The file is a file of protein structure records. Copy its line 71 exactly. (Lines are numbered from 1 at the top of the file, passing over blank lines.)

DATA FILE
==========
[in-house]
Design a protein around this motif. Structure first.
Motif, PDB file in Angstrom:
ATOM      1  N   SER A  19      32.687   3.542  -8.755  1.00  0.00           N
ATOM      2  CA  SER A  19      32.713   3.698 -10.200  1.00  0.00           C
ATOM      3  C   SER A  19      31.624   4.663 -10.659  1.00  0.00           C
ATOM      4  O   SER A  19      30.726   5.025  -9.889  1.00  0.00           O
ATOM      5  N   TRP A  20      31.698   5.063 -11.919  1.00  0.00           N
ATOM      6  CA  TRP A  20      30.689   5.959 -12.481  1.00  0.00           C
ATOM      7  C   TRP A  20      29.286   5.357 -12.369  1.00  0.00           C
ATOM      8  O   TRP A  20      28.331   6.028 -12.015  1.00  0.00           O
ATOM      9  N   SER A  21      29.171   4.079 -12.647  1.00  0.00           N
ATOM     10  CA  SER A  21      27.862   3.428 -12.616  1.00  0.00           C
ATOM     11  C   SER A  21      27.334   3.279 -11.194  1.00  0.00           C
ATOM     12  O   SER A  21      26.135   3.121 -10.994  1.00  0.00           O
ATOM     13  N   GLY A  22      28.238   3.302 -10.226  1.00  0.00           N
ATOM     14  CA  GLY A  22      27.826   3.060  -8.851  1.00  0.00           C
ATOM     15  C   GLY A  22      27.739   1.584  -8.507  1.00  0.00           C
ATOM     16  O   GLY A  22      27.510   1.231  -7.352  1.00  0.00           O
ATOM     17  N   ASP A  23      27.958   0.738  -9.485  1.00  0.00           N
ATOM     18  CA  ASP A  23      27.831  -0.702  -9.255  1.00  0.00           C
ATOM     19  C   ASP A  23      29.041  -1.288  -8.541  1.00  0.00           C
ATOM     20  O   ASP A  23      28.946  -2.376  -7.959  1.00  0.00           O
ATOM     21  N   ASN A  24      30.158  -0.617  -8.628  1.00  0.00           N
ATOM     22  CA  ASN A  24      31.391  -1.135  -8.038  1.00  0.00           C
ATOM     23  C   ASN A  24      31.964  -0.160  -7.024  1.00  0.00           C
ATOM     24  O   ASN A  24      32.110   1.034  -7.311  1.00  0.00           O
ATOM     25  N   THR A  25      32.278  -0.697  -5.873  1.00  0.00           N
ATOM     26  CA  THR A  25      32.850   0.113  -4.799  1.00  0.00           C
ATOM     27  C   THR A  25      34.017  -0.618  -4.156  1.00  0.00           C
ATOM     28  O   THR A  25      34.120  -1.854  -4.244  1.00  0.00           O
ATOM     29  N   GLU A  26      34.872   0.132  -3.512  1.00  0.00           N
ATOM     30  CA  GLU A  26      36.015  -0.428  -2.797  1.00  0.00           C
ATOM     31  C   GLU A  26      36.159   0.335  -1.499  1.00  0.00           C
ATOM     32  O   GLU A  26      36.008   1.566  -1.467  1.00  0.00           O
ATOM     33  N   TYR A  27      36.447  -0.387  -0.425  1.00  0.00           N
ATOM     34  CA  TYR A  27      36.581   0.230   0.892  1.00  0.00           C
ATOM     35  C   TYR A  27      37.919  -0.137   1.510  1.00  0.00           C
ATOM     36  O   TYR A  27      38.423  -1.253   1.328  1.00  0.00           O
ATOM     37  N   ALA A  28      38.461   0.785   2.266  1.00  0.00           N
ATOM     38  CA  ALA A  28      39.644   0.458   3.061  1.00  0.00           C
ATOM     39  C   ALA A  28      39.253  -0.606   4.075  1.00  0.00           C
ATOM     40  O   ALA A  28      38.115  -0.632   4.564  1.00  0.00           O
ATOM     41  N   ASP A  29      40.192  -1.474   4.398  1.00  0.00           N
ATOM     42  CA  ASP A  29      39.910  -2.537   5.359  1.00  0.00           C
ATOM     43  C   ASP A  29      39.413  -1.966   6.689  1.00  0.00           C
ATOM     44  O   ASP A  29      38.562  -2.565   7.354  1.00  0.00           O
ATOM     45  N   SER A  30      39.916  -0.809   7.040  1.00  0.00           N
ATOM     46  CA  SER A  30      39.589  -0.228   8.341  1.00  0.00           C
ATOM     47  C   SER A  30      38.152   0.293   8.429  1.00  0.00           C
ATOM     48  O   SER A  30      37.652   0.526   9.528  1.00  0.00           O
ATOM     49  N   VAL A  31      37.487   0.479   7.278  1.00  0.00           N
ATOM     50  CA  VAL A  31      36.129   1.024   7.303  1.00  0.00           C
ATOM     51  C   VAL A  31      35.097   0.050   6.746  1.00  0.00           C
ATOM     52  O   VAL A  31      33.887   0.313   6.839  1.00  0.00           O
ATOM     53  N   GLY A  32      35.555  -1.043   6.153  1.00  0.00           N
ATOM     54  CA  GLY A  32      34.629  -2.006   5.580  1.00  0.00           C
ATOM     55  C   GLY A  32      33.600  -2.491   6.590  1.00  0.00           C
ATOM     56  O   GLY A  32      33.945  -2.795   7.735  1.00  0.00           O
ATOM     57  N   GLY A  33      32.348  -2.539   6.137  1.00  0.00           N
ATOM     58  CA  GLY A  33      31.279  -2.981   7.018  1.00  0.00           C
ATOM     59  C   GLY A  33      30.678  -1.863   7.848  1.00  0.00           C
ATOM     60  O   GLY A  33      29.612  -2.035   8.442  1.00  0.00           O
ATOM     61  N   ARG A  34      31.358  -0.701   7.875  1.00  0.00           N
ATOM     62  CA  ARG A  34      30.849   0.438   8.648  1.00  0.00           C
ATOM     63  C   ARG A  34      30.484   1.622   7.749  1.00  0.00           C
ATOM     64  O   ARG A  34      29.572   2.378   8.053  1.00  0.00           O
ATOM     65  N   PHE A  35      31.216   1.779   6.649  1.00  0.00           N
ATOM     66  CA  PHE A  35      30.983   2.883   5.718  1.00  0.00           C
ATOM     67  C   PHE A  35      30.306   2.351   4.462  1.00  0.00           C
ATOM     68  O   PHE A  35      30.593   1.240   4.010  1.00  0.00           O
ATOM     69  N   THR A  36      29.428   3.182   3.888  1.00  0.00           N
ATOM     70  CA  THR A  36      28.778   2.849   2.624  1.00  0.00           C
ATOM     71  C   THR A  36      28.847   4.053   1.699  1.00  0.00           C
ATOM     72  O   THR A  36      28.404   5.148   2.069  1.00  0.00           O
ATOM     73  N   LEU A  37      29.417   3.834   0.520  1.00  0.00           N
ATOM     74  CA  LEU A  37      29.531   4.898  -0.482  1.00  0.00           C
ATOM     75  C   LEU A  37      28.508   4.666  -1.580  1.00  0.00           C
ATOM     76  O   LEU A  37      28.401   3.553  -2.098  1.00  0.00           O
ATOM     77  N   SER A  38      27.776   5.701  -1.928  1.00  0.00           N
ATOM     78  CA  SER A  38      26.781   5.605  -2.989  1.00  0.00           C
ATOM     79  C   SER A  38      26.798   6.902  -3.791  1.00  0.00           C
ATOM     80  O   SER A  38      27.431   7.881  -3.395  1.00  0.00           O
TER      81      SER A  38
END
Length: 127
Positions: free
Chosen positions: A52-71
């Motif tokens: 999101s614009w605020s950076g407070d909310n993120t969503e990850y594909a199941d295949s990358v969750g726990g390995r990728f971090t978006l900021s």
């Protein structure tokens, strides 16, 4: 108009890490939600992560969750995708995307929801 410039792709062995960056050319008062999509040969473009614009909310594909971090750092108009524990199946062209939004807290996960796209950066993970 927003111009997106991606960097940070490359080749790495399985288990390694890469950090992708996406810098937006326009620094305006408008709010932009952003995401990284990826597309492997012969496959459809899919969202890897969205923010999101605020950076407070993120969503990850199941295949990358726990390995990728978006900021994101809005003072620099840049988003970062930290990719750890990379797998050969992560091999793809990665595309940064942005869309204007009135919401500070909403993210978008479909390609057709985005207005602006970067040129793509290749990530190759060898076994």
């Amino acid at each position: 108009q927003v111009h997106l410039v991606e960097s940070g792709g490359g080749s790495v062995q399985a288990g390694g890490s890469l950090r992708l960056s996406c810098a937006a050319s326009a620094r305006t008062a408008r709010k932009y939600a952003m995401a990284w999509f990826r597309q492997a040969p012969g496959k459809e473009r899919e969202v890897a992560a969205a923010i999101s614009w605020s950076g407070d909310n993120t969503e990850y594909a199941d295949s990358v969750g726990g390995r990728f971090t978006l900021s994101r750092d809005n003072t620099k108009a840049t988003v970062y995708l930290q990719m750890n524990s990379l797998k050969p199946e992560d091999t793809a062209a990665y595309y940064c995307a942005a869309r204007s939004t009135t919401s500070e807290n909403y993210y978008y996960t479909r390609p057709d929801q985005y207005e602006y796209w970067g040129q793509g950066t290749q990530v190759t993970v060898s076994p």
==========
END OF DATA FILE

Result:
ATOM     68  O   PHE A  35      30.593   1.240   4.010  1.00  0.00           O